8 Interview Room Characters You Should Be Ready for (Part 1)
Typically, when diligent and conscientious candidates prepare for interviews, they tend to focus on preparing specific answers to specific competency-based questions. This approach is fine, and I wouldn’t discourage it at all, but I would also urge you to consider the different personalities that you may meet in the interview room, as each of these different characters may be looking for subtly different responses from you.
It’s vital that you understand what the different expectations are of each of these interview room characters and prepare to deliver the most effective and individually tailored responses. To help you do this, I have outlined several common interview room personalities and how to deal with each one below.
Now, I hear you: “That’s cheating! The receptionist doesn’t go into the interview room!” However, that doesn’t mean the receptionist won’t have a say in assessing your suitability. Increasingly, it seems that employers are seeking the opinions of their receptionists about interviewees, as shown in this Forbes article. Make sure to warmly greet the receptionist, speak to them as an equal, inquire about their day if appropriate, listen to what they say, and try to strike up a rapport. Thank them for any help they give you when you are escorted to interview and/or just before you leave.
Yes, don’t be surprised if a CEO walks into the interview room to start questioning you, because a CareerBuilder survey found that 38 percent of employers reported that interviewees need to interview with a C-level executive in their business.
What do CEOs look for? They won’t be able to micromanage the interview and assess core skills, but they will most likely be looking to see if you share the values, strategic vision, and work ethic of the business. Research these areas and show awareness of company values when responding to CEOs. Demonstrate that you are tuned in to these company values. Typically, CEOs are battle-hardened individuals and like to see people who have faced a challenge and overcome it. They also like to see people who have learned from their mistakes, as it shows they are resolute.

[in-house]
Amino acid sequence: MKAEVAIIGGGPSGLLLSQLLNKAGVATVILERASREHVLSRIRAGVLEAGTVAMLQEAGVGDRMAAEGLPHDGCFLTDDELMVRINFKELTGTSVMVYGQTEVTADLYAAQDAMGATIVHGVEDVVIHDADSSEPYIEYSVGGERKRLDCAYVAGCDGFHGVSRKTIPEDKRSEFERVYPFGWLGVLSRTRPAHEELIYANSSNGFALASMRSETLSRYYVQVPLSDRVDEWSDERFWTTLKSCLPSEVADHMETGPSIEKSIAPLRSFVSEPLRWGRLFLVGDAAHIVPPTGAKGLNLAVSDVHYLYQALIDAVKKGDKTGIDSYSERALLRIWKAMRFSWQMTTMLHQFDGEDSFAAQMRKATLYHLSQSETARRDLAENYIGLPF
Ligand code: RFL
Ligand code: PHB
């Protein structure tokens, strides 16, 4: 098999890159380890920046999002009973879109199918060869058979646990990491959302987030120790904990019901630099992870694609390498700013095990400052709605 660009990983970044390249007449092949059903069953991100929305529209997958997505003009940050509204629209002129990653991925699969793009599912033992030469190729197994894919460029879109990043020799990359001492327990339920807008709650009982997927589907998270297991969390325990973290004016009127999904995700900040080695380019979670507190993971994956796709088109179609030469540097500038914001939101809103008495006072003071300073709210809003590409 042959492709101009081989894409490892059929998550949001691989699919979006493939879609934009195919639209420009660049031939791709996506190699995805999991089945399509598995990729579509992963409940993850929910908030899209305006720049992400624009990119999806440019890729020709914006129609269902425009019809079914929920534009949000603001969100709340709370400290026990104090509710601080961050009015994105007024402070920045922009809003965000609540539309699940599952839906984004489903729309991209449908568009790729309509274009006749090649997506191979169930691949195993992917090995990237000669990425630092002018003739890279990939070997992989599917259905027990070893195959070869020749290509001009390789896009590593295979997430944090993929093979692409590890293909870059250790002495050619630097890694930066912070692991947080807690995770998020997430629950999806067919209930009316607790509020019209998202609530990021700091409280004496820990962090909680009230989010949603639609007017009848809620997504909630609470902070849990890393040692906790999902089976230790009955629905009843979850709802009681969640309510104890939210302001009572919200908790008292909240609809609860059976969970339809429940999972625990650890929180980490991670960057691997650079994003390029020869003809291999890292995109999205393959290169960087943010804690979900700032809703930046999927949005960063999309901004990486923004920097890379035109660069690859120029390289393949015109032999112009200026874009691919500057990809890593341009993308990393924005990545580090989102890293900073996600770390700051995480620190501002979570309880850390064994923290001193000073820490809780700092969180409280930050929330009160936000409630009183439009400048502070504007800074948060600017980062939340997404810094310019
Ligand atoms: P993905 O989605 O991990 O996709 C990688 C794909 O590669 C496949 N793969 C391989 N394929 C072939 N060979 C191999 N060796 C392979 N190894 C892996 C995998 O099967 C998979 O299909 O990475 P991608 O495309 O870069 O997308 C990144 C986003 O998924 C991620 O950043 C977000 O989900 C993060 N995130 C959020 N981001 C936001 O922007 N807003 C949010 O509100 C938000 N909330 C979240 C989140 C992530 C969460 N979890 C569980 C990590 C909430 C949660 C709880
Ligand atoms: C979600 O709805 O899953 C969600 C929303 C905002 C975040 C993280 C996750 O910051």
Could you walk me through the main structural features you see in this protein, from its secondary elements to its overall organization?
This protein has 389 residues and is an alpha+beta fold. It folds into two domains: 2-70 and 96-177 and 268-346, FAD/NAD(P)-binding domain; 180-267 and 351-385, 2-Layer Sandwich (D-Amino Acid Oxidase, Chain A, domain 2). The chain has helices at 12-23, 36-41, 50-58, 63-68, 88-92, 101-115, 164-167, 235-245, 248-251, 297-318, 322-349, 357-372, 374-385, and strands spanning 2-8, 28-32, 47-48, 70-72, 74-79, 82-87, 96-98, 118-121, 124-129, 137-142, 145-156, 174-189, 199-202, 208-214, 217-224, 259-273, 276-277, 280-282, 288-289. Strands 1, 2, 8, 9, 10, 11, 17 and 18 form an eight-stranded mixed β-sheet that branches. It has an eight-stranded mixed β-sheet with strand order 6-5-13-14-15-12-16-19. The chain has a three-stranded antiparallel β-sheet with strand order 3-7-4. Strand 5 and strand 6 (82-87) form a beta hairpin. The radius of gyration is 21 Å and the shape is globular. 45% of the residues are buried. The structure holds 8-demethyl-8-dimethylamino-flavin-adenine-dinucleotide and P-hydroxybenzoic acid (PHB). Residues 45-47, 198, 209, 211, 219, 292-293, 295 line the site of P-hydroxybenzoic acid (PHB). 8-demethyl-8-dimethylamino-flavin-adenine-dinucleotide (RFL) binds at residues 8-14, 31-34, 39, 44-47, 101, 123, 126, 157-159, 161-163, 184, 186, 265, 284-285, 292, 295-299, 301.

3. Agency Recruiters
Agency recruiters are generally risk averse and favor candidates with resumes that fit exactly, without anomalies, and which are an easy sell over the phone or email. Spend time showing how you tick all the boxes and outline your key differentiators, and prepare succinct counter arguments ahead of time to challenge any weaknesses the recruiter may mention. Make yourself an easy sell.
Also, agency recruiters don’t want to put forward unreliable candidates, so you’ll need to show you are certain about your career, this job, and this company. Show them you are a a good bet. You can further cozy up to an agency recruiter if you let them know you are prepared to tap your network for other similarly qualified candidates.
4. Corporate Recruiter
In-house corporate recruiters share many similarities with agency recruiters, and their deeper knowledge of the organizations gives them more discretionary power to refer wildcard candidates who don’t meet all the requirements, provided they excel in other areas. If you are facing objections or doubts concerning your application, you probably have a better chance of persuading a corporate recruiter than an agency recruiter that you are worth referring to next interview, provided you can make a strong case.
If you found these tips useful, please look out for part two of this article, which will follow shortly.
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